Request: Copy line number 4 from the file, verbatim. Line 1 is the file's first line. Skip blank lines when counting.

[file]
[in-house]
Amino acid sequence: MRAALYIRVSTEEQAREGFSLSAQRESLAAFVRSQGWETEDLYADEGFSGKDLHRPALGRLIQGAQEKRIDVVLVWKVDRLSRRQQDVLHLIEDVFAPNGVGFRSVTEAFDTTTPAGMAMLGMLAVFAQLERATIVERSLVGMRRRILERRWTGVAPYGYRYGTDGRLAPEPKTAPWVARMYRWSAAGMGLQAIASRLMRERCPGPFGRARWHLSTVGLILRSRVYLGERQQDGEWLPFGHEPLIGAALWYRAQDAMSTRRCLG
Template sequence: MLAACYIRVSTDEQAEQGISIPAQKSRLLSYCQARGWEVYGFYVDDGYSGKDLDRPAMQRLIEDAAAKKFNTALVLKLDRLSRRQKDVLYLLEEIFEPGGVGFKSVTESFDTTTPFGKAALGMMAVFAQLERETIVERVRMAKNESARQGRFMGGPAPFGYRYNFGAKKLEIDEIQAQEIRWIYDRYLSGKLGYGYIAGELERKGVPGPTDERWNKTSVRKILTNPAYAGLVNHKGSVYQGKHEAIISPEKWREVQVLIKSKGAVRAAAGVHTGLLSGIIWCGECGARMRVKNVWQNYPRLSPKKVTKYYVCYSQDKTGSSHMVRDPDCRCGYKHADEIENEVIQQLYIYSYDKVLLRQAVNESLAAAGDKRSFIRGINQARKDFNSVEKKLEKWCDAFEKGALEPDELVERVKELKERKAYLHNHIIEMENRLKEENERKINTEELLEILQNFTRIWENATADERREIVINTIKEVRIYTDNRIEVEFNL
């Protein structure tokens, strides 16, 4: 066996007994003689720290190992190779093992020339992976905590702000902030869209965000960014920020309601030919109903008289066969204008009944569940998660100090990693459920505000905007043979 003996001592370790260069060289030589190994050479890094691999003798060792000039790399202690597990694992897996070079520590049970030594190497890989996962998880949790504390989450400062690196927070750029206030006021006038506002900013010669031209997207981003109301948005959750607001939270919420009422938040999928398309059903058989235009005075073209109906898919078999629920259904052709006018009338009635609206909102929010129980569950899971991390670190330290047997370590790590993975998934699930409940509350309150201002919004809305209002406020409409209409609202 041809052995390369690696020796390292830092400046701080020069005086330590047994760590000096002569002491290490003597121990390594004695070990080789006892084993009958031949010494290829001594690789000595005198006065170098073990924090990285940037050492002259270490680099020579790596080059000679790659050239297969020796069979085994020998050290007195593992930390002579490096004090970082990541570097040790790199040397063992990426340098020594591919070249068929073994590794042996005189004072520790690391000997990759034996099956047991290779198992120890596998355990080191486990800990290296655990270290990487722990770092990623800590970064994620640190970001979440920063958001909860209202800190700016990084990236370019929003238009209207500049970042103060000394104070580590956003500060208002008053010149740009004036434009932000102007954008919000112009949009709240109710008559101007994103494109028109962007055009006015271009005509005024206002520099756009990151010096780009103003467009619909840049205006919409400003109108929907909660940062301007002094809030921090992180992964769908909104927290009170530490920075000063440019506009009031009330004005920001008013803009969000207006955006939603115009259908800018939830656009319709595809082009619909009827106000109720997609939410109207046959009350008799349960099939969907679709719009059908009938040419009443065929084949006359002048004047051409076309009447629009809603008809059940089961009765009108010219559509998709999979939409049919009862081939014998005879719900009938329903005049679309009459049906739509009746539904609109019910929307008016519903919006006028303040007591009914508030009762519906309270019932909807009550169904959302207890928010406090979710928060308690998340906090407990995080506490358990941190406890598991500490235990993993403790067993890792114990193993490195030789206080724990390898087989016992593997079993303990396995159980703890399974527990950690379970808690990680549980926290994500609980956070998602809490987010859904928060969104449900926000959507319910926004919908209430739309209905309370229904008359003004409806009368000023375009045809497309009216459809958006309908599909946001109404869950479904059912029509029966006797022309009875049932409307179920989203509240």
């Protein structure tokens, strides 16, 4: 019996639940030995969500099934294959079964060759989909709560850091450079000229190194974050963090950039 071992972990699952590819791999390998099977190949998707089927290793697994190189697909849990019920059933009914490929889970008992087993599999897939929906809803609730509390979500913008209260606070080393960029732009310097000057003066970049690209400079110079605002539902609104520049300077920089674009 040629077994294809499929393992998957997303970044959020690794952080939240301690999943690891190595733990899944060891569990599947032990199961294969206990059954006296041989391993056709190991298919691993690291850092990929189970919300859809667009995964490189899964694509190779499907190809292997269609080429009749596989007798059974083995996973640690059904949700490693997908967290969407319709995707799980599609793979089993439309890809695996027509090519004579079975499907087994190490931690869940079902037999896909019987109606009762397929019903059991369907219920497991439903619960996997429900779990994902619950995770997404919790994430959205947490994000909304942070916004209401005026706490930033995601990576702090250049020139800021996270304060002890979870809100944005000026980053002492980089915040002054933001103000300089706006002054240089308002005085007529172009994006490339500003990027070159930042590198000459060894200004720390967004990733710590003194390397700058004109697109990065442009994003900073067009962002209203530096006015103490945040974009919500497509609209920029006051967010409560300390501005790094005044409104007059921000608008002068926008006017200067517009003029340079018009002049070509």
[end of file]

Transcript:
């Protein structure tokens, strides 16, 4: 066996007994003689720290190992190779093992020339992976905590702000902030869209965000960014920020309601030919109903008289066969204008009944569940998660100090990693459920505000905007043979 003996001592370790260069060289030589190994050479890094691999003798060792000039790399202690597990694992897996070079520590049970030594190497890989996962998880949790504390989450400062690196927070750029206030006021006038506002900013010669031209997207981003109301948005959750607001939270919420009422938040999928398309059903058989235009005075073209109906898919078999629920259904052709006018009338009635609206909102929010129980569950899971991390670190330290047997370590790590993975998934699930409940509350309150201002919004809305209002406020409409209409609202 041809052995390369690696020796390292830092400046701080020069005086330590047994760590000096002569002491290490003597121990390594004695070990080789006892084993009958031949010494290829001594690789000595005198006065170098073990924090990285940037050492002259270490680099020579790596080059000679790659050239297969020796069979085994020998050290007195593992930390002579490096004090970082990541570097040790790199040397063992990426340098020594591919070249068929073994590794042996005189004072520790690391000997990759034996099956047991290779198992120890596998355990080191486990800990290296655990270290990487722990770092990623800590970064994620640190970001979440920063958001909860209202800190700016990084990236370019929003238009209207500049970042103060000394104070580590956003500060208002008053010149740009004036434009932000102007954008919000112009949009709240109710008559101007994103494109028109962007055009006015271009005509005024206002520099756009990151010096780009103003467009619909840049205006919409400003109108929907909660940062301007002094809030921090992180992964769908909104927290009170530490920075000063440019506009009031009330004005920001008013803009969000207006955006939603115009259908800018939830656009319709595809082009619909009827106000109720997609939410109207046959009350008799349960099939969907679709719009059908009938040419009443065929084949006359002048004047051409076309009447629009809603008809059940089961009765009108010219559509998709999979939409049919009862081939014998005879719900009938329903005049679309009459049906739509009746539904609109019910929307008016519903919006006028303040007591009914508030009762519906309270019932909807009550169904959302207890928010406090979710928060308690998340906090407990995080506490358990941190406890598991500490235990993993403790067993890792114990193993490195030789206080724990390898087989016992593997079993303990396995159980703890399974527990950690379970808690990680549980926290994500609980956070998602809490987010859904928060969104449900926000959507319910926004919908209430739309209905309370229904008359003004409806009368000023375009045809497309009216459809958006309908599909946001109404869950479904059912029509029966006797022309009875049932409307179920989203509240």